The Tolkien Hypothesis: Is Originality Dead?

 

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Hello, my readers, to another blog post from yours truly. Experts believe that everything has “already been written” or that originality no longer exists in the writing world. To abbreviate this notion, we’ll call it the Tolkien Hypothesis for this article—yes, I made it up, but bare with me.

 

—Originality in Writing—

What is originality, and how does it come about? If you look at stories written today, you can find several Harry Potter doppelgangers, a LOTR inspired tale here, and maybe a Star Wars look-a-like there. Even romance novels are produced mechanically with an almost predictable formula.

 

—Enter the Tolkien Hypothesis—

How do we explain this phenomenon? Are writers taking the “easy way out” and piggyback riding on successful, legendary writers? Is it true that authors are struggling more and more to produce original, creative content? Where do we draw the line between a story that is inspired and one that is copied? Whew! That’s a lot of questions to answer, so, let’s take it nice and easy….

 

Creativity and Springboards

Many aspiring writers, like yours truly, become fascinated with certain authors (ahem…Tolkien, Brandon Sanderson, et al.) In our excitement to share in the celebration of creativity, many authors based part or—god forbid—all their story on these authors.

The intention may not be to copy, but we enjoy using these successful stories as springboards for our imagination. Sometimes, we may jump a little too high and hit the ceiling, so to speak. I certainly did when I finished my alpha manuscript of Ethereal Seals book 1 (which is now called Blade of Dragons).

After reviewing my rough manuscript, I realized—much to my horror—that I had basically written a sloppy LOTR with Star Wars themes inserted haphazardly. I had committed a Tolkien Hypothesis crime! After several revisions and harsh critique from readers my manuscript is now on its own path. It still has similarities to LOTR and Star Wars in it, but Ethereal Seals has a unique feel, something that makes it stand out.

Does this mean I regret creating my alpha manuscript? Certainly not. I actually cherish my old writings, because they were the springboards that I needed to get my own creativity juices flowing.

 

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Writer or Robot?

Some writers may intentionally copy story structures because they are employed by certain companies. There becomes a robotic need to churn out XYZ number of novels a year for a profit. In this sense, originality is purposely ignored for financial gain.

The other day, I was at the supermarket and I scanned a dozen romance novels on the self. They all had classy catchphrases like “The Italian Prince’s One-night Stand” or “The Duke’s Scandalous Heir”. It was almost as if I was looking at the same book reprinted with slightly different wording.

Even in the fantasy section, books with “Dragon-this” or “Dragon-that” seemed a little less than original. This is actually the reason why I changed my book title from Dragonsblade to Blade of Dragons. To me, it reads more original and still has a strong punch.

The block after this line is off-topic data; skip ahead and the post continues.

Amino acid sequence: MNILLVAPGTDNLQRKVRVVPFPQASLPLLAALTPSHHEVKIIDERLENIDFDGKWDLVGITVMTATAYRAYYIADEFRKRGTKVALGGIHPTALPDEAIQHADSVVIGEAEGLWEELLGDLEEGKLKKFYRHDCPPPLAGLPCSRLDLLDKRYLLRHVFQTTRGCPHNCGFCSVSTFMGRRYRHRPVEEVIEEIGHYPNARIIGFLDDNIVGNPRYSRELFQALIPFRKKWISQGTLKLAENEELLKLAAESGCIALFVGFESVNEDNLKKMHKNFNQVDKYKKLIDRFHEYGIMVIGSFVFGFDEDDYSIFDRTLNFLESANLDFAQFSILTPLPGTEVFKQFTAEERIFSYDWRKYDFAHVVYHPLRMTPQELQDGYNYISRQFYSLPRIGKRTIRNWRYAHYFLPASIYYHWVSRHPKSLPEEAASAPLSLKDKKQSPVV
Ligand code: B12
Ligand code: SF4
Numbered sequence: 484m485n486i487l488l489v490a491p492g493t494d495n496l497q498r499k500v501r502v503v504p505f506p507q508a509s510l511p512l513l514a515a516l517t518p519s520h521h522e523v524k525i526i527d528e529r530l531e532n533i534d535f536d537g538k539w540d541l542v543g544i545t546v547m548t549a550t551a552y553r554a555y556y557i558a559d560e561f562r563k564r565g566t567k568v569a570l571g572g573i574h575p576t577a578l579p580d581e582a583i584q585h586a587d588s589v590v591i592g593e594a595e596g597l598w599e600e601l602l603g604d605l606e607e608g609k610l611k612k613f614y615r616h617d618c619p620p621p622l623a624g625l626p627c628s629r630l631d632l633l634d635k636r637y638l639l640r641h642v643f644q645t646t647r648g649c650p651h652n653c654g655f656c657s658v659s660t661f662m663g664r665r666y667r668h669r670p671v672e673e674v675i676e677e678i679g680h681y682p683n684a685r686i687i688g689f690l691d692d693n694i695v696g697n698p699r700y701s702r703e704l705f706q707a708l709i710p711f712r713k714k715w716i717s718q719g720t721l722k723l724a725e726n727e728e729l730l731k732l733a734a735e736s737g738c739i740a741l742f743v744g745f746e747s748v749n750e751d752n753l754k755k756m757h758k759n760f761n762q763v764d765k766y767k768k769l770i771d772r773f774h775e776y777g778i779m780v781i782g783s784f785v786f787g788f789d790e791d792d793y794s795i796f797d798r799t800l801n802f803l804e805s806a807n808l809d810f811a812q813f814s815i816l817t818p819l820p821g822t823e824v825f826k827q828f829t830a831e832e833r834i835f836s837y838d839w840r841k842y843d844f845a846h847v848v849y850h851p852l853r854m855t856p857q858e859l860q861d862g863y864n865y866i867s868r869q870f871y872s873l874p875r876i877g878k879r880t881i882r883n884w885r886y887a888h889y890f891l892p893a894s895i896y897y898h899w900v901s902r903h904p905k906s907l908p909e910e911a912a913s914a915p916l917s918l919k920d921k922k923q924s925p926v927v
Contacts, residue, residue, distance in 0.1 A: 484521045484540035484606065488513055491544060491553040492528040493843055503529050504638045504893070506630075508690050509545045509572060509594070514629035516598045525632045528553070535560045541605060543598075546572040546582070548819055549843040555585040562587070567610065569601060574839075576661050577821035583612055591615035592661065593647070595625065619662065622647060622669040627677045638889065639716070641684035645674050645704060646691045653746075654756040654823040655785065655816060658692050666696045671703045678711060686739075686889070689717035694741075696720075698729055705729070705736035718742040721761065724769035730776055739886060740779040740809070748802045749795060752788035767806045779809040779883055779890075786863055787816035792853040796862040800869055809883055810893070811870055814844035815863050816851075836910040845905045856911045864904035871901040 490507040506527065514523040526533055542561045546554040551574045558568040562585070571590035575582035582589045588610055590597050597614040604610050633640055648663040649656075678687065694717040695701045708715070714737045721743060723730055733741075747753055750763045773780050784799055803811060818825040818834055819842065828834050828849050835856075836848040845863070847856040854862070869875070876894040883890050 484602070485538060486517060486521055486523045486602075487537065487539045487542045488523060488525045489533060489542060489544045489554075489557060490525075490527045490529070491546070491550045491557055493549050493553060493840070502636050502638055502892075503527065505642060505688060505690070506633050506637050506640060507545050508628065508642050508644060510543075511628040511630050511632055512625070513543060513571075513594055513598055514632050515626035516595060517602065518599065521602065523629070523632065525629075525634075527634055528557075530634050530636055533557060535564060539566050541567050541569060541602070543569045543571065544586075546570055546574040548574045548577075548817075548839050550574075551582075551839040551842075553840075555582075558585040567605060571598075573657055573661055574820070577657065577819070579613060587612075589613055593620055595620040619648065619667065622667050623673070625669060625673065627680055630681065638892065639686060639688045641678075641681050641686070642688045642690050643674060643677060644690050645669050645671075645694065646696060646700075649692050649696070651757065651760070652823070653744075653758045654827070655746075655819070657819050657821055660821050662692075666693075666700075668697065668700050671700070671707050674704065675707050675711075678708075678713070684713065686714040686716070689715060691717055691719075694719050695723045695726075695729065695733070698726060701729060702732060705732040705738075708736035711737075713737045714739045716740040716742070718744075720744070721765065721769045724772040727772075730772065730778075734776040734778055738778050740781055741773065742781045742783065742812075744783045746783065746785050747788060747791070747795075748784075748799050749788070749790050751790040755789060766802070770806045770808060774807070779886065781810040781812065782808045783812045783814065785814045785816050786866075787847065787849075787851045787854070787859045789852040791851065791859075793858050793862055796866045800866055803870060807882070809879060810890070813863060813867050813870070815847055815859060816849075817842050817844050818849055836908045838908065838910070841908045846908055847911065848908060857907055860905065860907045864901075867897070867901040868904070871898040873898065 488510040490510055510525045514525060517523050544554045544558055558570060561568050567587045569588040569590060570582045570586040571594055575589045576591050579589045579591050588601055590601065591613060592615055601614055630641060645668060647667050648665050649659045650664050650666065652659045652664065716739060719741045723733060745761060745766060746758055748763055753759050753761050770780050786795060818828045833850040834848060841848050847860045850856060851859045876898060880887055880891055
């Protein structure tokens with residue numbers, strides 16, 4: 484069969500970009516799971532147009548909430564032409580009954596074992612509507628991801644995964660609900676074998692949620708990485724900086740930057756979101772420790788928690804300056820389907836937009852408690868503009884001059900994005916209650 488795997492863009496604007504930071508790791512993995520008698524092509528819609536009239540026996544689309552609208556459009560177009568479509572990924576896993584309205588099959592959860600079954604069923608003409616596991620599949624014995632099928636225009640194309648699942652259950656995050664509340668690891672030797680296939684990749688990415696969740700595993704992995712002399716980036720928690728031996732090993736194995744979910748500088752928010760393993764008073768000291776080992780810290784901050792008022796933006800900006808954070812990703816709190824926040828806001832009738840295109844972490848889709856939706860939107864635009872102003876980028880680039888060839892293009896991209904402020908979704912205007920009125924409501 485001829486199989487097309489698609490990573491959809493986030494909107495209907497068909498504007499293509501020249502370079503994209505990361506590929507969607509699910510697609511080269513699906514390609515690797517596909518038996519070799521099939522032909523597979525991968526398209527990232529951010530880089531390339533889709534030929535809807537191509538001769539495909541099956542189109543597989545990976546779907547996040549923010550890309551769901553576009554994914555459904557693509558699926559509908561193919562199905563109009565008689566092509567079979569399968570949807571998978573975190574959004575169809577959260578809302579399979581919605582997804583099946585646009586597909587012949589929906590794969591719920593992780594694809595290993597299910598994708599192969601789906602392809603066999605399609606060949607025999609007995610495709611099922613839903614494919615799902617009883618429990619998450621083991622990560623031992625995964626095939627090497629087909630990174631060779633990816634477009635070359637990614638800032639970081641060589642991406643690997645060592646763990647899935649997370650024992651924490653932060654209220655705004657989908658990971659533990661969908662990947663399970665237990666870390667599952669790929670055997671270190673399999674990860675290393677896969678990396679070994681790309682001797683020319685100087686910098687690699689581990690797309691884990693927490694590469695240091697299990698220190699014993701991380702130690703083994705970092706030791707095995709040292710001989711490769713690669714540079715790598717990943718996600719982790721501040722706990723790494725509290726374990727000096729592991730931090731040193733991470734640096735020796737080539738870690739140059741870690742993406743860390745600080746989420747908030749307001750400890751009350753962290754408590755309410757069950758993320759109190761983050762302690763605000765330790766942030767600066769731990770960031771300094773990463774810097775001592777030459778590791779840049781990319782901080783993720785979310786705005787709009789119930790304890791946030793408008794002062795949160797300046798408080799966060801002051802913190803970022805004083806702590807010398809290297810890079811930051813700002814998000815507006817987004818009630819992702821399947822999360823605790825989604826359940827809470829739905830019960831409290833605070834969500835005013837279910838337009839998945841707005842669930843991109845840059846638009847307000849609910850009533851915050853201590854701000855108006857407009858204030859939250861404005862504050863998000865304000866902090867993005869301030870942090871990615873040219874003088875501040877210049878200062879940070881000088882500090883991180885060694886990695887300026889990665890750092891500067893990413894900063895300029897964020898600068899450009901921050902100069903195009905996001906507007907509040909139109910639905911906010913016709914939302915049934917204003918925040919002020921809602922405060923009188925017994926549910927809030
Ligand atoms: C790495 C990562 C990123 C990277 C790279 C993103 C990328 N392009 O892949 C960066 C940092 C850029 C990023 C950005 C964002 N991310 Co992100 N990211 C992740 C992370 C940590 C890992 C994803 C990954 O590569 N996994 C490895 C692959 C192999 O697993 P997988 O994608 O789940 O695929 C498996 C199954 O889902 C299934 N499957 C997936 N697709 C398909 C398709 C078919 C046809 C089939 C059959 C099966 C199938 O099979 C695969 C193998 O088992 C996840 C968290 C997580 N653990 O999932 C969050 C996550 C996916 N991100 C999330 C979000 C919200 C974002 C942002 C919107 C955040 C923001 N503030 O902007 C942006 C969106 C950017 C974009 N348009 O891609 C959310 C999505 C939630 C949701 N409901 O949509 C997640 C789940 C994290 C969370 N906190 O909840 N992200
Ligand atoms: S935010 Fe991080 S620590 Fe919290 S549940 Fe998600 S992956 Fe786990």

Anyway, I prefer to read books that have life in them—novels with heart and soul, not replicas retelling the same story with a few different plot devices. Not to say all mass market books at like that, but most that I’ve read are.

 

—The Road to Victory—

What is Success?

How do we, as writers, define success? An aspiring writer can finish a 2,000-word short story and consider it an achievement. Other authors don’t feel satisfied until they have an entire epic trilogy published—and then some. For me, success is subjective, and the milestones we set are our own. But it’s also important to pace ourselves and be patient with who and what we are.

 

The Whimsical Muse of Creativity

After years of pushing myself too hard, I’ve realized that my imagination is whimsical and volatile. Sometimes I enter a “writer’s zone” and can easily churn out a few thousand words within an hour or two; other times I struggle to get down a little as 300. It’s important, in my opinion, that we discover and nurture the personality of our inner muse. Once we do this, success is only a matter of time.

 

—In Conclusion—

From my experience, originality doesn’t come from copying off successful writers; nor does it involve a phobia of inspiration. We, as original authors, must forge our own universes through the springboards we acquire from others, while keeping the Tolkien Hypothesis in mind.

Much of the world is only focused on profits or time-constraints and may have lost sight of the human imagination. This doesn’t mean we, as writers, cannot express our inner muse to society. The more fun you have with it, the better—and we set our own milestones and victories. We don’t have to buy into the mechanical urges of corporations, nor should we forgo imagination for worldly success and money.

Originality and creativity go hand-in-hand, and neither can be rushed, lest we fulfill the Tolkien Hypothesis. Writing is as much of a growing process for the story as it is for the writer :). And with that, I’ll leave you a quote…

Only in men’s imagination does every truth find an effective and undeniable existence. Imagination, not invention, is the supreme master of art as of life.
– Joseph Conrad

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Thanks a bunch for reading! If you enjoy the content here please click that “follow” button below. I’m also interested in a final beta reader for my science fantasy manuscript—if you’re interested, contact me. Cheers. 😀

 

 

 

 

 

 

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